Twenty-three years later, Berners-Lee set up the Open Data Institute (ODI) with artificial intelligence and data science expert Sir Nigel Shadbolt to promote the value of making data open to help bring about knowledge for everyone. At the ODI, we see the growing open data movement as a brilliant example of communities around the world learning to work together.
Open data is data that is licensed by organisations, businesses and individuals for anyone to access, use and share. People everywhere are realising the value of open data: publishing it, using it, reusing it and combining it to find innovative solutions to social, economic and environmental challenges. Governments are, in turn, waking up to the importance of their roles in helping to build robust data infrastructure to support this innovation, deliver digital transformation and ultimately grow their economies.
Open data can bring individuals and organisations together in a co-operative, collaborative process to solve problems. We see this in hackathons, challenge series and humanitarian data mapping groups everywhere.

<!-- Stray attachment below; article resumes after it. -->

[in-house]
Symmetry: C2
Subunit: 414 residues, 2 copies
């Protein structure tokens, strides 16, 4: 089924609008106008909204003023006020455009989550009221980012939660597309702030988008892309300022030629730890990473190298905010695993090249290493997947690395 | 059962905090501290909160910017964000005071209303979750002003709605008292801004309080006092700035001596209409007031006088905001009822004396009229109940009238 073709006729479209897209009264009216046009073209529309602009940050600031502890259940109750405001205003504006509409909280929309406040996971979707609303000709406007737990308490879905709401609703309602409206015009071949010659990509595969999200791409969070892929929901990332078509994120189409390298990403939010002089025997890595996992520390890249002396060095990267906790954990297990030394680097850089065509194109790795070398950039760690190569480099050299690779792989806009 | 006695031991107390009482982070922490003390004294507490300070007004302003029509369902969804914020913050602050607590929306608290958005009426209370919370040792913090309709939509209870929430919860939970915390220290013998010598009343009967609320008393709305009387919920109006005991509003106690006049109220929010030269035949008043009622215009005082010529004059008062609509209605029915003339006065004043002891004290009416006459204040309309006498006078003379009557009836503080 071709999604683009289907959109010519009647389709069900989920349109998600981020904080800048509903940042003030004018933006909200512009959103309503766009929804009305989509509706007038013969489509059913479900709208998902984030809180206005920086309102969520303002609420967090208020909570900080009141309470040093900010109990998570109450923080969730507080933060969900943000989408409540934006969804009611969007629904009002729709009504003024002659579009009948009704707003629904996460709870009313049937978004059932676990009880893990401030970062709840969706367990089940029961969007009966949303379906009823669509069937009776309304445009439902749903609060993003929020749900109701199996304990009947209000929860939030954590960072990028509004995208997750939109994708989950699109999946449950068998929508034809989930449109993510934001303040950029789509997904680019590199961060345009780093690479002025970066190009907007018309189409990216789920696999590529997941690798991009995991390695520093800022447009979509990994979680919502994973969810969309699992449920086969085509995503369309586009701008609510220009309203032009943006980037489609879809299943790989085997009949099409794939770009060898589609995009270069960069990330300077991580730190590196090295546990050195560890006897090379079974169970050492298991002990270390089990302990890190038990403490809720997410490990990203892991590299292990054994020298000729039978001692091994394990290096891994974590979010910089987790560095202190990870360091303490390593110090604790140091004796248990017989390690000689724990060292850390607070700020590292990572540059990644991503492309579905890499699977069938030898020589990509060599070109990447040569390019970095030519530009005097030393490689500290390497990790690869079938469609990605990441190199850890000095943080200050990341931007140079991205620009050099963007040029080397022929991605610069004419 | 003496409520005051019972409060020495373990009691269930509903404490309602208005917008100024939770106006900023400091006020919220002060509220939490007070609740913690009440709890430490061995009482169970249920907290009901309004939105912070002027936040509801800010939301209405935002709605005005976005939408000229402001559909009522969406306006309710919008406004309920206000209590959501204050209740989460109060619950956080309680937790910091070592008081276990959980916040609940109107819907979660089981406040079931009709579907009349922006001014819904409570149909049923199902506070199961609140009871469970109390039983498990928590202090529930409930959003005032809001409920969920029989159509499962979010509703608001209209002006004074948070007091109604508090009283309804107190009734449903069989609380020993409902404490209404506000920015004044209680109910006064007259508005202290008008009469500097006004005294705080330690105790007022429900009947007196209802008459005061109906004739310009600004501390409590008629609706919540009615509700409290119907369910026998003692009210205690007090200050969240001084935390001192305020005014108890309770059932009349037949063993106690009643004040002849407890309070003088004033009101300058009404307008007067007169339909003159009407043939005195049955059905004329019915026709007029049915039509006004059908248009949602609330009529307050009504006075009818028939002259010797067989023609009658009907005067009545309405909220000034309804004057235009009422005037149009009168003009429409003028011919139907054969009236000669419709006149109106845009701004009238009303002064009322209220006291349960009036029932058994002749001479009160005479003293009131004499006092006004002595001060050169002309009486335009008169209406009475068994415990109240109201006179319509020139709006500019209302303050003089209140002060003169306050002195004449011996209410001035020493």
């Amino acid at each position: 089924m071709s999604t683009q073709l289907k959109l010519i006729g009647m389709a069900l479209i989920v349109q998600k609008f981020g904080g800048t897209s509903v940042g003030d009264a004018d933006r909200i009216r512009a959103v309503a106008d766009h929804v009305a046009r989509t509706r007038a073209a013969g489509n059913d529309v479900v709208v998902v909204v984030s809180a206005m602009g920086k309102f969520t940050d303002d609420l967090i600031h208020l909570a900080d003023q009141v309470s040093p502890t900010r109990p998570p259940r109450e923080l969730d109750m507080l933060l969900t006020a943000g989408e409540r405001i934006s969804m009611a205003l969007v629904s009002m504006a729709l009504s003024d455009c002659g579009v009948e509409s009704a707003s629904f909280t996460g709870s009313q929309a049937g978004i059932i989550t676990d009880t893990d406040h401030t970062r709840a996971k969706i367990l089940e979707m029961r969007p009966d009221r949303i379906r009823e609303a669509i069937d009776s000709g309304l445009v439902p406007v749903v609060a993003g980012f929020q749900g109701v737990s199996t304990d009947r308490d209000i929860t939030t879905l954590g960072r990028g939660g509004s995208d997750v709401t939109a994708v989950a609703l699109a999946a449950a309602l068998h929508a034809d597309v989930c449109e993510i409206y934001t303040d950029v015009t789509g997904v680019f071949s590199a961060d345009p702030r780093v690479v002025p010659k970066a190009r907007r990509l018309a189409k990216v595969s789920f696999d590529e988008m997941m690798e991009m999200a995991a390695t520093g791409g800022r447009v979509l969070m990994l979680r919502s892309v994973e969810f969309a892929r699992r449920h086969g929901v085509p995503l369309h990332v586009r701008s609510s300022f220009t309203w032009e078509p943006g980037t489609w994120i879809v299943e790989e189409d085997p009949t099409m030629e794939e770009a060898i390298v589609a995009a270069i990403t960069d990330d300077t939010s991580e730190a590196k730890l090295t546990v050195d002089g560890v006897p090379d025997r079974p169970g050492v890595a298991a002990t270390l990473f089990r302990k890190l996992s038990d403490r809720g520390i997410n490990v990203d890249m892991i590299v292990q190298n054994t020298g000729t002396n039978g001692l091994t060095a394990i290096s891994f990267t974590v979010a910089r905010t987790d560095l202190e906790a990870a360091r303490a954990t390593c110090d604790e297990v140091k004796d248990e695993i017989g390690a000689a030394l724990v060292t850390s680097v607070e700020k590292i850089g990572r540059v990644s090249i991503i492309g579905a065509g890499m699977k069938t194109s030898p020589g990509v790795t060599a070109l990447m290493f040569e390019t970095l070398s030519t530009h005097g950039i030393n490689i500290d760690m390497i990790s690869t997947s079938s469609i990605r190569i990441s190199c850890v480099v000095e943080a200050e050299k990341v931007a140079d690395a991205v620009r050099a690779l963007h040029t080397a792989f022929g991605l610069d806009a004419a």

At the ODI, we have seen many applications come from our Open Data Challenge Series, run in collaboration with UK innovation charity, Nesta. The series incentivises teams to use open data to address social challenges—from helping people eat more healthily to reducing crime—with cash prizes for the best innovative and sustainable solutions.
One winning innovation, Community Energy Manager, is built on co-operative principles. It offers a tool to help community groups support their local area by brokering energy efficiency improvements and generating savings for their community, helping to reduce carbon emissions, fuel bills and fuel poverty.
There have also been countless multi-sector initiatives developing recently around healthcare and medical research data.
Pricing pressures, increasing complexity and costs in research and development, along with growing global competition, are among the challenges facing the pharmaceutical sector. In order to overcome them, the relatively closed environment of previous years is giving way to a much more collaborative, distributed and open approach.